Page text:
This review by the Office of the Citizenship and Immigration Services Ombudsman(the Ombudsman’s Office) considers implementation of section 204(l) of the Immigration and Nationality Act, legislation passed by Congress in 2009 to make it easier for certain beneficiaries (or “survivors”) of approved or pending visa petitions to secure immigration benefits.
It initially discusses the fact that current guidance issued by U.S. Citizenship and Immigration Services (USCIS) does not align with the purpose and plain language of INA section 204(l) by deeming previously approved petitions, filed on behalf of covered beneficiaries, automatically revoked and subject to discretionary reinstatement. The Ombudsman’s Office further finds that no clear process is available for survivors to request benefits from USCIS under INA section 204(l). Because USCIS has neither created nor designated any standard form or instructions, requests for relief include hand-written letters with or without necessary identity, medical or other information. Cases remain outside normal intake and receipting channels, and survivors have little idea when to expect agency action. Stakeholders also report long processing delays, incorrect information provided by USCIS, and express frustration that their cases are afforded a low priority.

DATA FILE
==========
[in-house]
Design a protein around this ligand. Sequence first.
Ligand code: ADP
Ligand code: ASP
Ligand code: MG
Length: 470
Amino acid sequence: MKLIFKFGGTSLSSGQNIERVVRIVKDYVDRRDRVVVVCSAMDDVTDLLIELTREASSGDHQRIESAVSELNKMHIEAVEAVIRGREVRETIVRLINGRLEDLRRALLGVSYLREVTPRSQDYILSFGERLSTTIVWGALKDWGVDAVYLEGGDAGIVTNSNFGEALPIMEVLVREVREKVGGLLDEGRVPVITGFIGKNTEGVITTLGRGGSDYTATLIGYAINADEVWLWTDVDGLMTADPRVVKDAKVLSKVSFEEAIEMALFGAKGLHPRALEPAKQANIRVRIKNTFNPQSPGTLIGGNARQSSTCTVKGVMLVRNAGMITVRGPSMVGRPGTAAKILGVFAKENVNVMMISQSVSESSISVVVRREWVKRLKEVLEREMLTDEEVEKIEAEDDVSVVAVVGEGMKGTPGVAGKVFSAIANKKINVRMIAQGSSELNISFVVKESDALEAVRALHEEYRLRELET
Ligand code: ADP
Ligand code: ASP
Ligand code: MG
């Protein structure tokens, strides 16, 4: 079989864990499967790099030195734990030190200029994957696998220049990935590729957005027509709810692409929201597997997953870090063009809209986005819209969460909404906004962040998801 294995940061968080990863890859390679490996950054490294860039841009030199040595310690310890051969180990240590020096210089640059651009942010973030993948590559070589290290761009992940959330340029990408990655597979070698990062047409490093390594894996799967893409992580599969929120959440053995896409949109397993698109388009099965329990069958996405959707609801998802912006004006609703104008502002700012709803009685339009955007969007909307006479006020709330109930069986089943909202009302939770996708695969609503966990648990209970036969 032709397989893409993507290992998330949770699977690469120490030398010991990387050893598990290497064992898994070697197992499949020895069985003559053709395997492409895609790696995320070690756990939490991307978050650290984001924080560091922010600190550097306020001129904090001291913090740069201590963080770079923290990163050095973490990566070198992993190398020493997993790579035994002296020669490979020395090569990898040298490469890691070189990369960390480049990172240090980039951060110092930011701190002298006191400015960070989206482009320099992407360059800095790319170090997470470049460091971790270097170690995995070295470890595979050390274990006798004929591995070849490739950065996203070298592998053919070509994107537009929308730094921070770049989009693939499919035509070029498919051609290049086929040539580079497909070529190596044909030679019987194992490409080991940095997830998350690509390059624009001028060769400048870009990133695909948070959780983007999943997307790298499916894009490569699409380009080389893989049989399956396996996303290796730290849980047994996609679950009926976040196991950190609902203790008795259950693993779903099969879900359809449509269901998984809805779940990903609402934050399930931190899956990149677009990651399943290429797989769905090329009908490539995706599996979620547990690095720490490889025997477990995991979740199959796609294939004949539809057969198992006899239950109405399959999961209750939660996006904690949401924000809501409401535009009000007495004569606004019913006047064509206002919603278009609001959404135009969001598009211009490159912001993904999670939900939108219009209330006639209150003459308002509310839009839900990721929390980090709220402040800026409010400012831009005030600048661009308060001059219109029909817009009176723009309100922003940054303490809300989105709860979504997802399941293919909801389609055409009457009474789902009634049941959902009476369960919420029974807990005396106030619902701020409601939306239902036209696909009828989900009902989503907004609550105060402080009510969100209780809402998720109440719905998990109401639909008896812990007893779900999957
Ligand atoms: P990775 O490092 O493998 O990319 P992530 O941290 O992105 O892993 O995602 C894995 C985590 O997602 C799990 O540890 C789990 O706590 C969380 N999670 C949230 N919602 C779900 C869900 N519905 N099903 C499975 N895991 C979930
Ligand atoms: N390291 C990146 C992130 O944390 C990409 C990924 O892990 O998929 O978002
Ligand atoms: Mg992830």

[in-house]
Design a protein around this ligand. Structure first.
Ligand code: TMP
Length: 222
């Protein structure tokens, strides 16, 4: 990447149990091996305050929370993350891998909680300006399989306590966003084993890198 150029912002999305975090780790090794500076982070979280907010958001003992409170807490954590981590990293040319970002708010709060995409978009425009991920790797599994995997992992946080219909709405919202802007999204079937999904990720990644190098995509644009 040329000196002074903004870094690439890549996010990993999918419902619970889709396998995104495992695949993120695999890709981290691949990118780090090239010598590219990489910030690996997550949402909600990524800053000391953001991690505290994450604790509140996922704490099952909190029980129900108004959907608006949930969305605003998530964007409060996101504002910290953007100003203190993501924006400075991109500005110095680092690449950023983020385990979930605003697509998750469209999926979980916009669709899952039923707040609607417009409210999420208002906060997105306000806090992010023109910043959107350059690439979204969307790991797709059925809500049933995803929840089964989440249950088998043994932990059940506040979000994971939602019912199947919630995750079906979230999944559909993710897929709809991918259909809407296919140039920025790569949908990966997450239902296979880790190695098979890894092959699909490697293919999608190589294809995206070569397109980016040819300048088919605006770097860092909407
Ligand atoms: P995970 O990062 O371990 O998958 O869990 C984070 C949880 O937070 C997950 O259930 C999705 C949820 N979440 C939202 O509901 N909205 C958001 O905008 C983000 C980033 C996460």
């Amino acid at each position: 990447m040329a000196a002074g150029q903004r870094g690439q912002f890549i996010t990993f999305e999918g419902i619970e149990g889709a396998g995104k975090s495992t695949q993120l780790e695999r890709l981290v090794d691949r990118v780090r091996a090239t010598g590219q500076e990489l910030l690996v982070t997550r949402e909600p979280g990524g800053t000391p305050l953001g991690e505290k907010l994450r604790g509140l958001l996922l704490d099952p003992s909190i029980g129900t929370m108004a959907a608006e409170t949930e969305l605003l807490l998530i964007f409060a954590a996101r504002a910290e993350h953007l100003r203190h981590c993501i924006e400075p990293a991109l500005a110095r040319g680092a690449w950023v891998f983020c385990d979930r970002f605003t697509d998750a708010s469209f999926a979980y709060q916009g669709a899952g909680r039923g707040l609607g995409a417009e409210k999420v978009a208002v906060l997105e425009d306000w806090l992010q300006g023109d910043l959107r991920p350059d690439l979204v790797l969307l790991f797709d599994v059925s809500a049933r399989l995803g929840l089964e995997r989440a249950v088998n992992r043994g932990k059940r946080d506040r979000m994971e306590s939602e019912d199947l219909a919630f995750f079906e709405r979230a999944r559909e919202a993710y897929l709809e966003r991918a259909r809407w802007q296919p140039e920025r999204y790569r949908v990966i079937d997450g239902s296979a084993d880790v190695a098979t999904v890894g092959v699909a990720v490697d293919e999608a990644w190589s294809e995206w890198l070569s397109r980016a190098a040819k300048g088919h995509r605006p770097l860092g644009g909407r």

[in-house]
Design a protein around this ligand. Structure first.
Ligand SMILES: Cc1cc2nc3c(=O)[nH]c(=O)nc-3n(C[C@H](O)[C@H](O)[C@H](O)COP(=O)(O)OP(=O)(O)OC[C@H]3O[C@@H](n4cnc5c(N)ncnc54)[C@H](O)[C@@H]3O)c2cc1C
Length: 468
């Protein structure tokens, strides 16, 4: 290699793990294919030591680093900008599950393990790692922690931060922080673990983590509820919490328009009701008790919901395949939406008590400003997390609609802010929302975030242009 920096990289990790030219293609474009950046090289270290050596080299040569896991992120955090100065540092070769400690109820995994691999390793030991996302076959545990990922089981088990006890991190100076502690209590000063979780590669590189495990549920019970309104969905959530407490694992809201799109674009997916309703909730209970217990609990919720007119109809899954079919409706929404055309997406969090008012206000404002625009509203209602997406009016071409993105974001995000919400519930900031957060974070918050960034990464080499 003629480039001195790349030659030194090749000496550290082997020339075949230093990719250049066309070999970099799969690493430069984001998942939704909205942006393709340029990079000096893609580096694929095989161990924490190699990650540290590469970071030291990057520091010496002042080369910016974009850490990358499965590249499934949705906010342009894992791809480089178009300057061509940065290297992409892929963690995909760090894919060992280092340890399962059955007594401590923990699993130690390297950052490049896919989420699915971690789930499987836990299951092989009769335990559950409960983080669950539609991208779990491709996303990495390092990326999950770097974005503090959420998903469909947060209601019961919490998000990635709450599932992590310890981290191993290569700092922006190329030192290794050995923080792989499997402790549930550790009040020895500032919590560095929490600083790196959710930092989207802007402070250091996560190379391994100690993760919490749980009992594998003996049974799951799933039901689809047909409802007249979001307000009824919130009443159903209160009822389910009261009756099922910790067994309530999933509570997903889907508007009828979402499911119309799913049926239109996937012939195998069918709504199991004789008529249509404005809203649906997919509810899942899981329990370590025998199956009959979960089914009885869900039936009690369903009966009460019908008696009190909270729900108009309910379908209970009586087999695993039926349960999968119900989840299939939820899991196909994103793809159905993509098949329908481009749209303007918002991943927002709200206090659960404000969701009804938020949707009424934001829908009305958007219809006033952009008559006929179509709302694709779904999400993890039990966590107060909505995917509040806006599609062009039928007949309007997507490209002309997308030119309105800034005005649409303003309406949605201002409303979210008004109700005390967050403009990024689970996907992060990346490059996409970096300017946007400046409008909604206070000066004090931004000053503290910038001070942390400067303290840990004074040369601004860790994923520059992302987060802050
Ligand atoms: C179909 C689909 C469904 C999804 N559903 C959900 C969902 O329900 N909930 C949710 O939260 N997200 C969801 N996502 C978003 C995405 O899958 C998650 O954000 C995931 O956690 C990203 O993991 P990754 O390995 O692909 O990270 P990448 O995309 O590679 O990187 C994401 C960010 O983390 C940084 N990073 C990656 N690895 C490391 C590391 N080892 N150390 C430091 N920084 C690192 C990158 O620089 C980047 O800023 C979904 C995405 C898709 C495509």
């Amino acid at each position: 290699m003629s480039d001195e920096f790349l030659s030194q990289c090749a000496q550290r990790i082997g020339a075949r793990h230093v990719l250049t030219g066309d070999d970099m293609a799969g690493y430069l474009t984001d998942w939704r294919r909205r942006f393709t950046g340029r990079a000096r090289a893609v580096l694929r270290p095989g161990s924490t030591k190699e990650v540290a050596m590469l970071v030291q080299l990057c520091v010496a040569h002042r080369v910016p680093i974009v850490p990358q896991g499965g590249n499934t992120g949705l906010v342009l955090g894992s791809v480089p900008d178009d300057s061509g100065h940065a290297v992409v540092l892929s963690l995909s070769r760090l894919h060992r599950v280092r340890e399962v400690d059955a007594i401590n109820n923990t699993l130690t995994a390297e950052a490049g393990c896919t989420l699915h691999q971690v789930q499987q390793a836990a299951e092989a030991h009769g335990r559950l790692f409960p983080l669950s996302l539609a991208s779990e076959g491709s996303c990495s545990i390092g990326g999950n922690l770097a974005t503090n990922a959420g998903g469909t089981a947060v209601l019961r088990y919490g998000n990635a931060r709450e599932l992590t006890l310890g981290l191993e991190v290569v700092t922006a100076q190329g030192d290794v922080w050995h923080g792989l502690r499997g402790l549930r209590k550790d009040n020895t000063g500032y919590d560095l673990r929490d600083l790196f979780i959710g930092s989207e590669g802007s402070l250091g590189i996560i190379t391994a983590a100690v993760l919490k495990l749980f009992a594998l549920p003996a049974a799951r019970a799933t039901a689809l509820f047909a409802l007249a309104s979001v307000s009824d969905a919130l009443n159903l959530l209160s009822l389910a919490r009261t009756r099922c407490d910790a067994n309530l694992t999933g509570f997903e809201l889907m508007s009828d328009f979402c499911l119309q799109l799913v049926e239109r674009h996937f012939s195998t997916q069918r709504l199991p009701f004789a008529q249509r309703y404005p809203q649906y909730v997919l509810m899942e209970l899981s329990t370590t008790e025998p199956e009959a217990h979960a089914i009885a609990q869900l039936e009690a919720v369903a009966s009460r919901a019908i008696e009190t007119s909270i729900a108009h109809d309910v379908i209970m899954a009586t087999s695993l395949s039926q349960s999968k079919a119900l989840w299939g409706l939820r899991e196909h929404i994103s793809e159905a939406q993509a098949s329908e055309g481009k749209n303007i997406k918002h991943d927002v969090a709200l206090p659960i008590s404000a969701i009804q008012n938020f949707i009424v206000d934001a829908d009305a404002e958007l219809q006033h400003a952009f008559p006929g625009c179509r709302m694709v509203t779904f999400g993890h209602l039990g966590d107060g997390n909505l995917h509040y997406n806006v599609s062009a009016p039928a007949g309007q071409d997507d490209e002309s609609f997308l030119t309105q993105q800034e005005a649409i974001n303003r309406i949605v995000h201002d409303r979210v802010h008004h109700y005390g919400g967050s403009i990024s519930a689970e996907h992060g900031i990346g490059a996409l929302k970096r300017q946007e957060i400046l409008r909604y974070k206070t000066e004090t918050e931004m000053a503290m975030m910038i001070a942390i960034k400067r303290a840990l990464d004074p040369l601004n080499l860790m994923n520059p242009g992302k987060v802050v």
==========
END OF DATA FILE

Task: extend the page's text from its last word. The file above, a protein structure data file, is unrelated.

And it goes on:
To address difficulties associated with INA section 204(l) implementation, the Ombudsman's Office recommends that USCIS:
- Conduct notice-and-comment rulemaking to create or designate a standard form, establish a receipt protocol and describe an adjudication process consistent with the plain language of INA section 204(l).
- Train USCIS staff to interpret and apply properly INA section 204(l) and stop regarding survivor benefit requests as a form of discretionary reinstatement.
- Publish instructions for applicants and petitioners as to the nature and extent of INA section 204(l)’s coverage and related benefit request processes; and
- Track and monitor the processing of survivor benefit requests.
USCIS Response issued on June 3, 2013
Last Published Date: June 3, 2019